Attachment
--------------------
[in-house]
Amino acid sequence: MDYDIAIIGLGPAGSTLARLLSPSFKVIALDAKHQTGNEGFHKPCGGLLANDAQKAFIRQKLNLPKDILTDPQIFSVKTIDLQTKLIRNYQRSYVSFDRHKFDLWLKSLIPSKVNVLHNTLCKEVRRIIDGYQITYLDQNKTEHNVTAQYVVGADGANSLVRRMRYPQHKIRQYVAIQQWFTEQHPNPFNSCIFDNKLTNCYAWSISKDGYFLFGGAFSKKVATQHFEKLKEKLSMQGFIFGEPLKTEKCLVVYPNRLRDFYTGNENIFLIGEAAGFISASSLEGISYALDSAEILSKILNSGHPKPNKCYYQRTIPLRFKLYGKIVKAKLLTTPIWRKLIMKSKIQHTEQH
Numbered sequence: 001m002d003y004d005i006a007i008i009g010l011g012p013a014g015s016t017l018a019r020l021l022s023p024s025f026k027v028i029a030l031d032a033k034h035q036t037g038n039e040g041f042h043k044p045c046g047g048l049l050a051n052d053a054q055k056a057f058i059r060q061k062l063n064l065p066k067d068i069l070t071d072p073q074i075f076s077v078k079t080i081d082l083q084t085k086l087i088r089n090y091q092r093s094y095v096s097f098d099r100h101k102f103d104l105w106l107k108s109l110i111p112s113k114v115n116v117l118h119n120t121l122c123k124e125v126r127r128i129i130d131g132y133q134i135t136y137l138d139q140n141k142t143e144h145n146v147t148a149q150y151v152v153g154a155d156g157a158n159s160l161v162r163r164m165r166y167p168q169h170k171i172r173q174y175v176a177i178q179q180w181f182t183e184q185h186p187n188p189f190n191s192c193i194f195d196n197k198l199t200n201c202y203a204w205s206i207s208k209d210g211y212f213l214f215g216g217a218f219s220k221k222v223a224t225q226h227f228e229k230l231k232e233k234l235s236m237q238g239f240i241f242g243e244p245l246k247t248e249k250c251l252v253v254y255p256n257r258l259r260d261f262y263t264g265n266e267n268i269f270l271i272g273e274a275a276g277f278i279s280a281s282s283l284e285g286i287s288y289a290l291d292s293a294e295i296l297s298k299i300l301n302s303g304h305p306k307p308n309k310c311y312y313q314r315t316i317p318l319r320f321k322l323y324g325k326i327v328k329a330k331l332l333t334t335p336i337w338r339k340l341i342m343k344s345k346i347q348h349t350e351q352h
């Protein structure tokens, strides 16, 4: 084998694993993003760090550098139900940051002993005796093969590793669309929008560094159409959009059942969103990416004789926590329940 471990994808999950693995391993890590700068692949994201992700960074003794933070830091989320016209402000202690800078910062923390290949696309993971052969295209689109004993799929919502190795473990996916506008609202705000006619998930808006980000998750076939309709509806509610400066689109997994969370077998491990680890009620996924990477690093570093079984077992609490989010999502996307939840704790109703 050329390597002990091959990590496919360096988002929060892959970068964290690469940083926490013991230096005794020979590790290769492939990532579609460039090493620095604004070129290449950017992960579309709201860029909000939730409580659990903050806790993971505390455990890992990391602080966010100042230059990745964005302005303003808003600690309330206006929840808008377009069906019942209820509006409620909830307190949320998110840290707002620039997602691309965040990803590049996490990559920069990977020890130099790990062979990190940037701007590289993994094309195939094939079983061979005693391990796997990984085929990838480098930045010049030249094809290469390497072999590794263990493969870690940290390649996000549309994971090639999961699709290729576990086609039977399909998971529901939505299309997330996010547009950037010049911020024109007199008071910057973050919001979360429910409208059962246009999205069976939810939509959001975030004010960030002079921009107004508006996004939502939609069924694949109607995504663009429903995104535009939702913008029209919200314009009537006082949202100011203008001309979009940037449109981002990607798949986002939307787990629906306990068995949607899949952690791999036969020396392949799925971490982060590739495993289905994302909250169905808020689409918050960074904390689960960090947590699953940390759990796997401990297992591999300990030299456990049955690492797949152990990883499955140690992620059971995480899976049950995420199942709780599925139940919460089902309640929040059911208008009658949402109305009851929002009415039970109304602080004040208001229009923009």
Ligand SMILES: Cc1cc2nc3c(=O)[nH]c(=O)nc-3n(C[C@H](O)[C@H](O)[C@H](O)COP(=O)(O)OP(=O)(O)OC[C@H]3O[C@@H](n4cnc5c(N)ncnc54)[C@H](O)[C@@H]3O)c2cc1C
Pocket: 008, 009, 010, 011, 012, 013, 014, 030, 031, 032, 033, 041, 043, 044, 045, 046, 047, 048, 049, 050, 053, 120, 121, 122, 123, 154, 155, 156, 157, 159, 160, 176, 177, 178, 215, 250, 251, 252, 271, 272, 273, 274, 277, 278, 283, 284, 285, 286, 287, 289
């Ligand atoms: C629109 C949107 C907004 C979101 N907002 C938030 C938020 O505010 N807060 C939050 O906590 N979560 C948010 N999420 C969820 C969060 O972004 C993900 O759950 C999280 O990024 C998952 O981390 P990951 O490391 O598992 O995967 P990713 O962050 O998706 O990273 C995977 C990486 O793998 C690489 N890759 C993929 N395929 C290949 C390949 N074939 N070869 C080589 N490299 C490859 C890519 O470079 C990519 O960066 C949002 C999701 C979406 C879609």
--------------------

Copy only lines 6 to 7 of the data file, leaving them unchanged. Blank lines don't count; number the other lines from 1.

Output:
Pocket: 008, 009, 010, 011, 012, 013, 014, 030, 031, 032, 033, 041, 043, 044, 045, 046, 047, 048, 049, 050, 053, 120, 121, 122, 123, 154, 155, 156, 157, 159, 160, 176, 177, 178, 215, 250, 251, 252, 271, 272, 273, 274, 277, 278, 283, 284, 285, 286, 287, 289
């Ligand atoms: C629109 C949107 C907004 C979101 N907002 C938030 C938020 O505010 N807060 C939050 O906590 N979560 C948010 N999420 C969820 C969060 O972004 C993900 O759950 C999280 O990024 C998952 O981390 P990951 O490391 O598992 O995967 P990713 O962050 O998706 O990273 C995977 C990486 O793998 C690489 N890759 C993929 N395929 C290949 C390949 N074939 N070869 C080589 N490299 C490859 C890519 O470079 C990519 O960066 C949002 C999701 C979406 C879609």